Russian oligarch to revive woolly mammoths in a real life Jurassic Park to stop Siberian permafrost melting

Russian oligarch to revive woolly mammoths in a real life Jurassic Park to stop Siberian permafrost melting
Russian billionaire Andrey Melnichenko plans to resurrect prehistoric woolly mammoths using ancient DNA in a real life version of Jurassic Park to pack snow in Siberia and stop Russia's permafrost from melting, which would release gigatons of methane into the atmosphere. / bne IntelliNews
By Ben Aris in Berlin December 4, 2023

Russian billionaire chemicals oligarch Andrey Melnichenko has a plan to resuscitate prehistoric woolly mammoths to the frozen wastes of Siberia and Yakutia to stop the permafrost melting, which would be a climate catastrophe.

In a real-life version of Jurassic Park, the Russian businessman proposes creating “Pleistocene Park” by using DNA from mammoths found frozen in the ice and recreating the beasts that roamed the region over 14,000 years ago.

Russia’s Arctic regions are heating at seven times the rate of the rest of the world, according to the latest Russian research, which threatens to thaw out the frozen tundra and which would release gigatonnes of CO2 and far more damaging methane gases that have been locked in the ice for millennia, with unpredictable consequences for the climate.

As bne IntelliNews reported in a cover story three years ago, Russia’s permafrost is melting, with the ground temperature already at minus 3C. Previously, the temperature was rising by 1C every decade, but due to a quirk of the way that global warming works, temperatures in the frozen north rise much faster than in the rest of the world and have been rapidly accelerating in the last few years. The permafrost could be completely gone in as little as the next decade, which would create an irreversible step-change in the climate warming dynamics.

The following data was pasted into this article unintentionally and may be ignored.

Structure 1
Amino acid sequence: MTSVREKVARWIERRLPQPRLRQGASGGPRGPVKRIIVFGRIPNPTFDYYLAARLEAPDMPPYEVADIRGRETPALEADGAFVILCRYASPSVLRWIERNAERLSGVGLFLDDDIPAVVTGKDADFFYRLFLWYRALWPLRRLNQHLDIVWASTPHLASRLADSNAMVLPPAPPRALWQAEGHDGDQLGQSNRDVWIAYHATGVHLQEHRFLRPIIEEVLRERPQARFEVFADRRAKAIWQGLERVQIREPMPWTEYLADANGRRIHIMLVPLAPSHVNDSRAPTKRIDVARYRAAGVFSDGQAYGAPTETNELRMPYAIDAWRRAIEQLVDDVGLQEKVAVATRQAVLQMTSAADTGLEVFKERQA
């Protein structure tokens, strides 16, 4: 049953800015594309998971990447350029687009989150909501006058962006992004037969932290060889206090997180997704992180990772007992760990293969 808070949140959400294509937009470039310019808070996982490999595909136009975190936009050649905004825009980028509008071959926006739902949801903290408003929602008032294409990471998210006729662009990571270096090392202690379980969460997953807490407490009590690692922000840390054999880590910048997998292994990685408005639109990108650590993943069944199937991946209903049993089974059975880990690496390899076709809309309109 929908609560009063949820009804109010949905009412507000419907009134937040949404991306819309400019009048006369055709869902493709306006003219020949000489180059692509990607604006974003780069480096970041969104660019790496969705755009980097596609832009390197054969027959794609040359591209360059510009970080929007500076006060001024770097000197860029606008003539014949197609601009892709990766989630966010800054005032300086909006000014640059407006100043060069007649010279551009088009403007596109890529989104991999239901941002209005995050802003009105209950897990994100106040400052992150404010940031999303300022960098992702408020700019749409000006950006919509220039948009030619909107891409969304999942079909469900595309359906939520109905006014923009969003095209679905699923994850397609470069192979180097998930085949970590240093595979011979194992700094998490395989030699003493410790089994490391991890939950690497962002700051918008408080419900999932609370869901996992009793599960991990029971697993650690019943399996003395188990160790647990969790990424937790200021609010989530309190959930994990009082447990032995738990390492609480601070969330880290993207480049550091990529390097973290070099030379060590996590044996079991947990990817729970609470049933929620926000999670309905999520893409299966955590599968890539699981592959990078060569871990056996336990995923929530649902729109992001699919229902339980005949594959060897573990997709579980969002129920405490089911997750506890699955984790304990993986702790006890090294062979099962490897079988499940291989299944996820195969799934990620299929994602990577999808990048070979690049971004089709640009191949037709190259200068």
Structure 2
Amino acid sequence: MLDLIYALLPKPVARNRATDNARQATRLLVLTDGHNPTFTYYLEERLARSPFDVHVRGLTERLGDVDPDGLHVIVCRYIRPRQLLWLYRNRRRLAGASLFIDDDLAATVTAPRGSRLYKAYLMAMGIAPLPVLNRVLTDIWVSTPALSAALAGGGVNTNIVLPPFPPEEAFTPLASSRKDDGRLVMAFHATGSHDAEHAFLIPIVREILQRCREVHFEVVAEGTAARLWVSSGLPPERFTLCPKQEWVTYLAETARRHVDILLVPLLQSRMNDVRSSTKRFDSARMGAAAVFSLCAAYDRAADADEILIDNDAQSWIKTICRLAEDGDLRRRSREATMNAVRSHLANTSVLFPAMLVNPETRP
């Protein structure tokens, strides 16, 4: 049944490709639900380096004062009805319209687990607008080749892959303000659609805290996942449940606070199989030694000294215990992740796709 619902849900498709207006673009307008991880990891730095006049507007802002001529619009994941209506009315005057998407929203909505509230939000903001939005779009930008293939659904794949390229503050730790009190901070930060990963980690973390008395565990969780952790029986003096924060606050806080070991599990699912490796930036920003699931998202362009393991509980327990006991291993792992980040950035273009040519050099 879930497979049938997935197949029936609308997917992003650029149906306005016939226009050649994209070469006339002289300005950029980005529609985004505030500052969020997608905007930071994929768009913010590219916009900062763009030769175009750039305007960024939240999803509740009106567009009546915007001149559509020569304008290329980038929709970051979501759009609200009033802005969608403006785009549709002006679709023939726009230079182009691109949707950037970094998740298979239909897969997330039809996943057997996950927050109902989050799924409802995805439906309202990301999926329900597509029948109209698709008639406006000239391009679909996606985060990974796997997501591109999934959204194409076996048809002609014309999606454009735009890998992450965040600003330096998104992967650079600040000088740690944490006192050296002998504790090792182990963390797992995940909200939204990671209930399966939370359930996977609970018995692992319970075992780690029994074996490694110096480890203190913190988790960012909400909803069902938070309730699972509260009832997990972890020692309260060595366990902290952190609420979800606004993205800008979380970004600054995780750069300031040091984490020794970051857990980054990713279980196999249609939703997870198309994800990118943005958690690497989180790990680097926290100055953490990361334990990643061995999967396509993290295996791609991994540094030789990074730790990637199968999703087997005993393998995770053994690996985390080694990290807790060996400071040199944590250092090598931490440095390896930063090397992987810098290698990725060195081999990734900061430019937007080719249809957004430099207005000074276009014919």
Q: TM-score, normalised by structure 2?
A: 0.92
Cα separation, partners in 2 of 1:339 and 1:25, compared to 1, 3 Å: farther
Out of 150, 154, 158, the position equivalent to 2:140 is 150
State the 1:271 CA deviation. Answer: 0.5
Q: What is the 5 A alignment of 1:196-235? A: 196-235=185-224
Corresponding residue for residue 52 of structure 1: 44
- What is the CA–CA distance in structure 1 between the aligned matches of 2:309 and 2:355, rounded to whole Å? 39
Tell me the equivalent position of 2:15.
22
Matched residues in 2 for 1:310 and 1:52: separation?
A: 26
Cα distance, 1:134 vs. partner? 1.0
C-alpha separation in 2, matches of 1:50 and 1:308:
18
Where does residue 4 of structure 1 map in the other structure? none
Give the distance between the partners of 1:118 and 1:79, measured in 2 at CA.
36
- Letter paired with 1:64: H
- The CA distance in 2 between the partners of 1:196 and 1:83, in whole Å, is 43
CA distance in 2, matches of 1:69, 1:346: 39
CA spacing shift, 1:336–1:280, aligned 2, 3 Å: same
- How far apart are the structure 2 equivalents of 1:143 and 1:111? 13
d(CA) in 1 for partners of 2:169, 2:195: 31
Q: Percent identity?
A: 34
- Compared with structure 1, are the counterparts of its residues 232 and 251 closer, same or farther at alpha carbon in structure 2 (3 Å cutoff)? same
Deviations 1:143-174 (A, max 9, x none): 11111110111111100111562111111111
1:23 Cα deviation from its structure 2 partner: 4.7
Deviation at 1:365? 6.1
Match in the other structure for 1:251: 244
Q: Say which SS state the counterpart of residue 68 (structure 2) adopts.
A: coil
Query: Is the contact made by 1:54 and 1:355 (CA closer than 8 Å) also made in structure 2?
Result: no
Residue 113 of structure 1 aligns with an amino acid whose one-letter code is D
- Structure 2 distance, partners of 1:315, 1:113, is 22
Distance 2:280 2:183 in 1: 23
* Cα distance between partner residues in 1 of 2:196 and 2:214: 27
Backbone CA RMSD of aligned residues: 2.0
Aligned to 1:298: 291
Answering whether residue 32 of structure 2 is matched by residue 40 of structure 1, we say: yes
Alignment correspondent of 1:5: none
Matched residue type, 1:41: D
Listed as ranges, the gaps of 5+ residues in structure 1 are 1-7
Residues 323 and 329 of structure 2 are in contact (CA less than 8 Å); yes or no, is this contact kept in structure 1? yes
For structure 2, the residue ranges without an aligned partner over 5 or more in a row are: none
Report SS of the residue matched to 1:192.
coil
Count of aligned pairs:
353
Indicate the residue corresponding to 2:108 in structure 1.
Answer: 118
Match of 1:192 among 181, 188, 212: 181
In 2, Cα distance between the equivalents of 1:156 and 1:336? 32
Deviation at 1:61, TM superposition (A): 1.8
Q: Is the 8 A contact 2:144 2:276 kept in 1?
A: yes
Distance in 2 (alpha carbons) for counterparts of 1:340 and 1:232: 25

The idea of bringing in large grazing animals to slow down the melting is not new and there have already been several projects to import existent cows, deer and elk to the region. Grazing animals roam the region and if there are enough of them, they pack down the snow with their hooves, which acts as insulation and prevents the ground from warming during the 11 months of snow cover across most of the taiga.

Melnichenko made his first fortune in banking in the 1990s, but switched to industry in the boom years of the noughties and is now the owner of Eurochem, a leading fertiliser producer, and SUEK, a coal mining company. Bloomberg estimates he is currently worth at $17bn, and has been placed on the sanctions lists, which he is disputing in court.

The oligarch has an extensive pavilion at COP28 in Dubai showcasing the Pleistocene Park and has joined a collective of other sanctioned oligarchs that are promoting climate change action.

During the next two weeks over 70,000 delegates and many thousands of Emirati residents will visit the sprawling venue hosting COP and have the chance to see a digital menagerie of Ice Age animals move through a springtime tundra on the screens of an immersive exhibit, Bloomberg reports. On entering the exhibit the digital mist clears, revealing mammoths, reindeer, wild horses and musk oxen, as well as lions and camels, roaming the steppe.